While big data can perhaps be seen as an extension of an existing trend, blockchain distributed ledger is an example of an entirely new technology that has the potential to change financial services as significantly as the internet has transformed media and entertainment. Already proven as the technology on which bitcoin is based, banks, industry bodies, technology vendors and corporations are now engaged in both collaborative and individual initiatives to identify and exploit use cases to leverage blockchain. Although many of these initiatives are at an early stage, there is considerable momentum building. UniCredit is a participant in the R3 bank consortium, for example, which brings together more than 50 financial institutions to design and deliver advanced distributed ledger technologies to the global financial markets. It is difficult at this stage to predict exactly how these initiatives will crystallise into real-life solutions, and there are still some obstacles to the widespread use of blockchain in financial services, not least issues of scalability, such as for mass payments, and capacity. However, the potential across transaction banking, including both cash management and trade finance is considerable, and arguably, the whole concept of transaction banking could change dramatically. For example, today, if there is an error on the bank account instructions, a payment needs to be transmitted, then rejected, returned and corrected before being re-sent, which therefore leads to delays. In contrast, by using blockchain, a payment with an incorrect bank account instruction would be identified as such before it has even been initiated, while a transfer of value based on a correct instruction could be processed almost instantaneously.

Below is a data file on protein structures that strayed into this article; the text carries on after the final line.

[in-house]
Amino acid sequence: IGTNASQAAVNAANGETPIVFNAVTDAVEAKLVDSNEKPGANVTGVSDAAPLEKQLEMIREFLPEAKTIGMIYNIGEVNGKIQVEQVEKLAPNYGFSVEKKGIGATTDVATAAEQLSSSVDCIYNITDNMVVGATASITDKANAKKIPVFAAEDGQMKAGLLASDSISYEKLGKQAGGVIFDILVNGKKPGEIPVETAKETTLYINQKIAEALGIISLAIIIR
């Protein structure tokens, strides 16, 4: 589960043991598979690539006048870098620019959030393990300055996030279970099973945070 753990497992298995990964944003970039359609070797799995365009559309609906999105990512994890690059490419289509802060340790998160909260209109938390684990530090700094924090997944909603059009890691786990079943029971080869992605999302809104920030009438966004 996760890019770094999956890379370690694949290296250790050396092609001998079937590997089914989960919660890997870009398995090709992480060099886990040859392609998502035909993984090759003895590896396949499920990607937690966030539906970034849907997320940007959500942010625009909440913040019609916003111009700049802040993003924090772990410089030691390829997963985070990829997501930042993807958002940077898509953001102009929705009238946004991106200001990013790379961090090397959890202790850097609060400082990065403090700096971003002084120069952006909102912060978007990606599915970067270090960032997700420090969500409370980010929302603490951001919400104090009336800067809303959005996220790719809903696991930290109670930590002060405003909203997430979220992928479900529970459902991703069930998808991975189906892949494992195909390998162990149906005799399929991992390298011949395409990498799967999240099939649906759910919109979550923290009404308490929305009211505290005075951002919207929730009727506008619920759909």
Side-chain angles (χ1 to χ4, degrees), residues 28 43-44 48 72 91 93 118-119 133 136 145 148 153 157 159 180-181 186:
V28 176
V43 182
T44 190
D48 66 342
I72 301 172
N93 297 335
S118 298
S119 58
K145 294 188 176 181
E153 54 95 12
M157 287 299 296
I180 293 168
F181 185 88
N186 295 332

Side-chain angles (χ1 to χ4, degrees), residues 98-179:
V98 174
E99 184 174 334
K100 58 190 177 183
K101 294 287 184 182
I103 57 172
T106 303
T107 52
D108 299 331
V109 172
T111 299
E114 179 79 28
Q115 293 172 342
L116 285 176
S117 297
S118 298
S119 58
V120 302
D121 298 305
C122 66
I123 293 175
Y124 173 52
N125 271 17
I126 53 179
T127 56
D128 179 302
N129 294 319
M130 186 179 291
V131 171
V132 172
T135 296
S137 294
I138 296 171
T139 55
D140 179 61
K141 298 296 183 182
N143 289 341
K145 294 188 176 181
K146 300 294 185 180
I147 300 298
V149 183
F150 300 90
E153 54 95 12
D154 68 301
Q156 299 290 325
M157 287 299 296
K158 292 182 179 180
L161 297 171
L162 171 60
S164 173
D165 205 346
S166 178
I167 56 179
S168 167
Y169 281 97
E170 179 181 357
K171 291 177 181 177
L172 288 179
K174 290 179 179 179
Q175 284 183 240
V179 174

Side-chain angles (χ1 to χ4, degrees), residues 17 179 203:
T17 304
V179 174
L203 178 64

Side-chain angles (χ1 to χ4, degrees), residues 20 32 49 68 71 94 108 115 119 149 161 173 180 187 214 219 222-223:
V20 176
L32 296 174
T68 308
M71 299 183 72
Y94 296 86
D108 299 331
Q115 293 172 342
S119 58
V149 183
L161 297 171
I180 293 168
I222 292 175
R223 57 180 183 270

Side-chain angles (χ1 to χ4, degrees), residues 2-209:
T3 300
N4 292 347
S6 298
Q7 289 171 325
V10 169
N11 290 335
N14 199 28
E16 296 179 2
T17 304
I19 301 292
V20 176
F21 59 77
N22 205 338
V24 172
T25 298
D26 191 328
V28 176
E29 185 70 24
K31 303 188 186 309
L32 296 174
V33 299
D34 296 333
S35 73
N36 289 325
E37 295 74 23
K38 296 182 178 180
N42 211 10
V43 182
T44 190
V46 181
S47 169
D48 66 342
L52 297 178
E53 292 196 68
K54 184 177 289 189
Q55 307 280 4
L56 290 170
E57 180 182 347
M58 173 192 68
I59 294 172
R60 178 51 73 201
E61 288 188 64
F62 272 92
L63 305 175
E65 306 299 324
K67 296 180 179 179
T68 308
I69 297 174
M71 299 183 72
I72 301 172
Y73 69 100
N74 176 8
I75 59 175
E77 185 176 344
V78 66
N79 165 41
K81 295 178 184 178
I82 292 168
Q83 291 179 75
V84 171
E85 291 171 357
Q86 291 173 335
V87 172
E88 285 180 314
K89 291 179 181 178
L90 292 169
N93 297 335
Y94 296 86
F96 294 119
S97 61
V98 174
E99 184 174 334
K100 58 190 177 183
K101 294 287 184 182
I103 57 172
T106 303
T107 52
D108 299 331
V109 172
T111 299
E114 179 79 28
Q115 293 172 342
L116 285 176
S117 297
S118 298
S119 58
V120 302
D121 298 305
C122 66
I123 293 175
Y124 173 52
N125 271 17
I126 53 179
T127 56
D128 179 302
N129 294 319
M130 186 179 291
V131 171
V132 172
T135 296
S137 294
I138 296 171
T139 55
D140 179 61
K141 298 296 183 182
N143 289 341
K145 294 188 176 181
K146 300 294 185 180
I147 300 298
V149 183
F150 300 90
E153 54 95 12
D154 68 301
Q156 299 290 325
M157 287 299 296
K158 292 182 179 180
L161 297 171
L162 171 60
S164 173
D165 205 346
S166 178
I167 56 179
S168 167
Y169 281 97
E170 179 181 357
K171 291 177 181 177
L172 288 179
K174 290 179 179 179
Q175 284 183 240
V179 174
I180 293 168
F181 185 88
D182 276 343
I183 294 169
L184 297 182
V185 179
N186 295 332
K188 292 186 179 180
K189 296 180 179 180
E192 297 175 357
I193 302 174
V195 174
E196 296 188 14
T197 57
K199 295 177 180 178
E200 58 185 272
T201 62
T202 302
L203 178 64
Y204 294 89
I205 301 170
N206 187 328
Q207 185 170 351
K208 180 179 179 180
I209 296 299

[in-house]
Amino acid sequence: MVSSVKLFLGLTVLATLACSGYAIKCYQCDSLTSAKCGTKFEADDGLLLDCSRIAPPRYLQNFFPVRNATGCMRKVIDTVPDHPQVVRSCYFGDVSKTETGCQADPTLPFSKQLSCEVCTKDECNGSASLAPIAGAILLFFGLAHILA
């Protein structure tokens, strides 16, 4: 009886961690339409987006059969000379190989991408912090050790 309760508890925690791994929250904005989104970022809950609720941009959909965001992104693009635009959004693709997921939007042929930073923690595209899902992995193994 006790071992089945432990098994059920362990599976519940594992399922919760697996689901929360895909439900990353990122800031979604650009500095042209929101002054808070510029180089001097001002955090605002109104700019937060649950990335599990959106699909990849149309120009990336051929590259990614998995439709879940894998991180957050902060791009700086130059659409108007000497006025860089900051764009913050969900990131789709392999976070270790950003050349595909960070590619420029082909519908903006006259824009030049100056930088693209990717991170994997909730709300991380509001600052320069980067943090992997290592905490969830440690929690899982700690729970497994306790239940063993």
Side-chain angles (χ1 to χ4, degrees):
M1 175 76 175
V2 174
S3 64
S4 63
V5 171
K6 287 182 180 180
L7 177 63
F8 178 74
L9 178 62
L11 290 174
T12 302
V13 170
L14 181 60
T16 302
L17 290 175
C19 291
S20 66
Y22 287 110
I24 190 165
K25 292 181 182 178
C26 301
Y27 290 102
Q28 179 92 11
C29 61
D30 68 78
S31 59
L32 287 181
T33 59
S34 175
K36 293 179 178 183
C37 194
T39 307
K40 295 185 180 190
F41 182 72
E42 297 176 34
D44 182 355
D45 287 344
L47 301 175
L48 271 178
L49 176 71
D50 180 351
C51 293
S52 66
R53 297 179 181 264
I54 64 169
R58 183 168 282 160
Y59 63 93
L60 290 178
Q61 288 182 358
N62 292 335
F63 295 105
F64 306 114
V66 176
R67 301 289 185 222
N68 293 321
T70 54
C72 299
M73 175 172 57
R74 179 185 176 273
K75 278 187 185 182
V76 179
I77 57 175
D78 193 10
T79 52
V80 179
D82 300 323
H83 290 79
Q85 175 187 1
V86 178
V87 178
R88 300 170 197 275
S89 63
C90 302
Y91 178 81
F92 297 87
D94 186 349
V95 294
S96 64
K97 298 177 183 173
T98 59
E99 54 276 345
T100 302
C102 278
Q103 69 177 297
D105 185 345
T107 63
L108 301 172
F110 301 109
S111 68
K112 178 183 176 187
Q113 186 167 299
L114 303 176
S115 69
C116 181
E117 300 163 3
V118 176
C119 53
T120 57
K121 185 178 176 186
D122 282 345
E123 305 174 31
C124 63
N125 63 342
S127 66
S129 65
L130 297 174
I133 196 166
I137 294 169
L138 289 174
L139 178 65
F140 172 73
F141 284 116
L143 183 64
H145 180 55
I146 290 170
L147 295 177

Instant payment initiatives

The concept of instant payments is not reliant on blockchain, however, nor are banks, industry bodies or corporations waiting for distributed ledger technology to mature before taking steps to deliver 24/7/365 payments with real-time or near-real-time settlement. The need for instant payments has grown substantially in recent years with the rise of eCommerce, mobile banking and an increasing demand for ‘just in time’ payment across complex supply chains. While consumers are often cited as the most immediate beneficiary of instant payments, there are a number of industries that will benefit, not least B2C industries and those that need to make or receive operate payment on delivery of goods, services or components. To use a simple example, for a consumer making a large value purchase such as a second-hand car, a card credit limit may not be sufficient (and the vendor may not accept cards) which currently encourages the use of cash; however, an instant credit transfer would suit the purpose precisely. Therefore, instant payments are not a replacement for existing payment instruments such as cards, credit transfers and direct debits, but complement them.